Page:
To save money on our new home purchase, hubby and I had a whole list of home projects we wanted to do ourselves that, in some cases, would have cost us double or triple to have the builder do. In this “Midtown DIY” mini-series on my blog, I will feature some of those small home projects we took on!
The very first project we did in our new home was add shades to the windows. In fact, not only was it the first project, but we started this project before we had officially moved in. This wasn’t something that was offered by the builder (that we know of) and we wanted to make sure we had privacy right when we moved in.
The model homes in our neighborhood showcased roller shades as the window treatment of choice, and we had to agree that these suited the modern style of the homes better than traditional blinds. Furthermore, roller shades allowed us to take advantage of the light that the many windows brought in.
The drawback of roller shades is that they seemed to be fairly costly. We heard of one neighbor in the ‘hood paying $5,000+ for their professionally-installed Hunter Douglas roller shades, the impressive-looking brand that was featured in the model homes. The thought of paying that much for shades gave us a stomach ache so we sought out cheaper options. Although there was a neighbor in our ‘hood that was highly recommended for the purchase and installation of blinds, after watching a few YouTube videos of the installation process, we figured we could save even more money by both purchasing and installing them ourselves. All of the stores (physical and online) that offered blinds seemed to be all the same, so we blindly (pun intended) settled on Blinds.com.
We ordered a million samples of different colors and “openness” (the amount of light the solar shade allows in) to test out in our new home. Picking a color that complimented the wall color was relatively easy, but deciding on “openness” was not so easy. While we wanted privacy in our home and for neighbors to not be able to peer in through our many windows, we also wanted to take advantage of the light that all the windows brought in. We eventually decided on 3% openness for our shades downstairs, which would allow in light during the daytime hours and also for us to be able to see the scenery outside our home when the shade was fully down, but also for neighbors to not be able to see inside our home too easily at night.
Two months before we closed on our home, the windows were framed out and ready for our eager hands to measure them! Even though there are several homes in our community with the same floor plan, we still needed to take the precise measurements of our windows since the size of the windows can vary slightly from house to house. In fact, even the same window could measure slightly different in width or height depending on where we measured it (in the middle or towards the side of the frame). Needless to say, we measured and remeasured our windows until we were blue in the face with numbers down to the tenth of a decimal point (side note – height didn’t need to be as exact as width).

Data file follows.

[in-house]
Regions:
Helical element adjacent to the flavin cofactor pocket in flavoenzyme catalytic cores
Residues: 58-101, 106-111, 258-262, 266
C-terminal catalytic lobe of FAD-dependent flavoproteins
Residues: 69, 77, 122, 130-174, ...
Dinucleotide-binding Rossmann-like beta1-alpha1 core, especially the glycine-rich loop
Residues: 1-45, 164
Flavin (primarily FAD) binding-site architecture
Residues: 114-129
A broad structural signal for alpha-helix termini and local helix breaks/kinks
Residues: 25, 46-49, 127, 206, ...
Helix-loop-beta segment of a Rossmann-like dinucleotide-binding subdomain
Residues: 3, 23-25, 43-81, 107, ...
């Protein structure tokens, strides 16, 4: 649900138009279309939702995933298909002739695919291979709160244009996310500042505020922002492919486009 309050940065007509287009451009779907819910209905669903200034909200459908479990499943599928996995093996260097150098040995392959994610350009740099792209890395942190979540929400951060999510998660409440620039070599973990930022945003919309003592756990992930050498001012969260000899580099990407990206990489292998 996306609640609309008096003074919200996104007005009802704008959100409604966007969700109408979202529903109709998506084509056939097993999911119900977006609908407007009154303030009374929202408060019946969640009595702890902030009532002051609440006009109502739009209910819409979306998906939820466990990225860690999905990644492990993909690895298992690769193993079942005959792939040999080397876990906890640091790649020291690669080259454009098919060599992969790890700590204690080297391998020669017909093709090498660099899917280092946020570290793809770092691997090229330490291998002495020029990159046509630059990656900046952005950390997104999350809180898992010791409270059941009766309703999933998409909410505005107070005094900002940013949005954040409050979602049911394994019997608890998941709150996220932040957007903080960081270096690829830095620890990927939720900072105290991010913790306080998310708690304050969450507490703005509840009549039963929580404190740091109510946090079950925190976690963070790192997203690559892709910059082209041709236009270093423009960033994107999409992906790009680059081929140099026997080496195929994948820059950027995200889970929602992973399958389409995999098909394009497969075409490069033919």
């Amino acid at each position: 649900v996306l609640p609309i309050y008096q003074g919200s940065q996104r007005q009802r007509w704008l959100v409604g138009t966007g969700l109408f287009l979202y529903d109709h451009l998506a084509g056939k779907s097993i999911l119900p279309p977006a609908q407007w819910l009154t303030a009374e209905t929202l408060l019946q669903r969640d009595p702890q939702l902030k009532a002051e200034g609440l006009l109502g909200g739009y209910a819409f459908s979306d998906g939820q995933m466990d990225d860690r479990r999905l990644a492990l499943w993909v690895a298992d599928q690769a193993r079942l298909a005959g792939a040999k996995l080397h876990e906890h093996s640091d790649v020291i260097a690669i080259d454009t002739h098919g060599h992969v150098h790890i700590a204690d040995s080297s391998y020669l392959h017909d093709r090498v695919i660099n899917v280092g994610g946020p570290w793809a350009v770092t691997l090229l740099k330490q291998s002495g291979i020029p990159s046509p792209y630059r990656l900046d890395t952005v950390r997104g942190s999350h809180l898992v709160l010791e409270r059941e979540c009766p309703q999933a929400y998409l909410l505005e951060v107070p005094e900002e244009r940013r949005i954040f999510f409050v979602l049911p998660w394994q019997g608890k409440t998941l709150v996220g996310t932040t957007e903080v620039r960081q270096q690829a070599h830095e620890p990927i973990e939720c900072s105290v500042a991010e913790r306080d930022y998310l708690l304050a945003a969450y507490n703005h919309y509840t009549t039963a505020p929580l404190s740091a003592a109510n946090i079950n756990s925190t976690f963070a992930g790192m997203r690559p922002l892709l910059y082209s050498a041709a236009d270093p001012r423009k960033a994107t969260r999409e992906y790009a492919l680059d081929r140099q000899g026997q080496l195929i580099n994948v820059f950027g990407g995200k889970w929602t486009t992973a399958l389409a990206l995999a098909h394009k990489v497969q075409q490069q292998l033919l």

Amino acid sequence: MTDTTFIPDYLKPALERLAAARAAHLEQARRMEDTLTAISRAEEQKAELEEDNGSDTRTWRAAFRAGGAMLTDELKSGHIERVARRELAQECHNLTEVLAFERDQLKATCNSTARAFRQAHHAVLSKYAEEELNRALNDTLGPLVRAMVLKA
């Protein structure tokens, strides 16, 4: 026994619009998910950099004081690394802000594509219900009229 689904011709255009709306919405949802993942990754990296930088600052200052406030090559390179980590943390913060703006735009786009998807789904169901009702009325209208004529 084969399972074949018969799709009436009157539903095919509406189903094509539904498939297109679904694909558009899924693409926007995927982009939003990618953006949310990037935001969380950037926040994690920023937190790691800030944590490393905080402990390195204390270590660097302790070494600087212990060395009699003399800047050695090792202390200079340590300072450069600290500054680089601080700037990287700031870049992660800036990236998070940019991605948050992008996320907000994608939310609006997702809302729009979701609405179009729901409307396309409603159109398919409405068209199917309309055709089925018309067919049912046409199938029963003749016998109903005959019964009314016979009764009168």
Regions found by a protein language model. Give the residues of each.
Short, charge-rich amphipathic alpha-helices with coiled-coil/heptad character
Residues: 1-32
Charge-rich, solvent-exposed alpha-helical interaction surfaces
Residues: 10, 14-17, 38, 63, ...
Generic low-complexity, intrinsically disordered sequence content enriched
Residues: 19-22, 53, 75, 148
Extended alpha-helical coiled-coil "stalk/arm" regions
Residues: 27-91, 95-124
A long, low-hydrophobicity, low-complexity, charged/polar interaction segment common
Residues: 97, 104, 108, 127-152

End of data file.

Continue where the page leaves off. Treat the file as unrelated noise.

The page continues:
After measuring our windows and agreeing on a shade color and openness, we braced ourselves for the cost of window treatments. We decided to prioritize getting window treatments on the first floor only for our first go-around, which would allow us to decide whether we liked the company’s product and also for us to budget for the next round of shades for the second floor. The first order of shades for the first floor of our home ended up costing approximately $1,200 and took about two weeks to arrive.
Once we closed on our home and had keys, our first order of business was to install our new blinds! Hubby was able to complete the installation all by himself after following the straight-forward 2-page instructions that accompanied our order. Hubby only needed a few basic tools like a drill, screwdriver, and pliers.
We were very pleased with our first experience of ordering and installing shades from Blinds.com (who doesn’t like the free hubby-install option?), so after we were settled in our new home, we proceeded with our second order of shades for our upper floor. Since all the bedrooms are located on the upper floor of our home, we figured black-out roller shades would be more appropriate. For our master bathroom, we chose cellular/honeycomb top-down-bottom-up shades, which would allow us to pull the shade from the bottom up, giving us privacy in the bathroom, but also allowing light in through the top of the window. The second order of shades turned to be out slightly more expensive because of the black-out and cellular shades, totaling approximately $1,800.
We spent a grand total of about $3000 on our DIY shade project and couldn’t be happier with the results!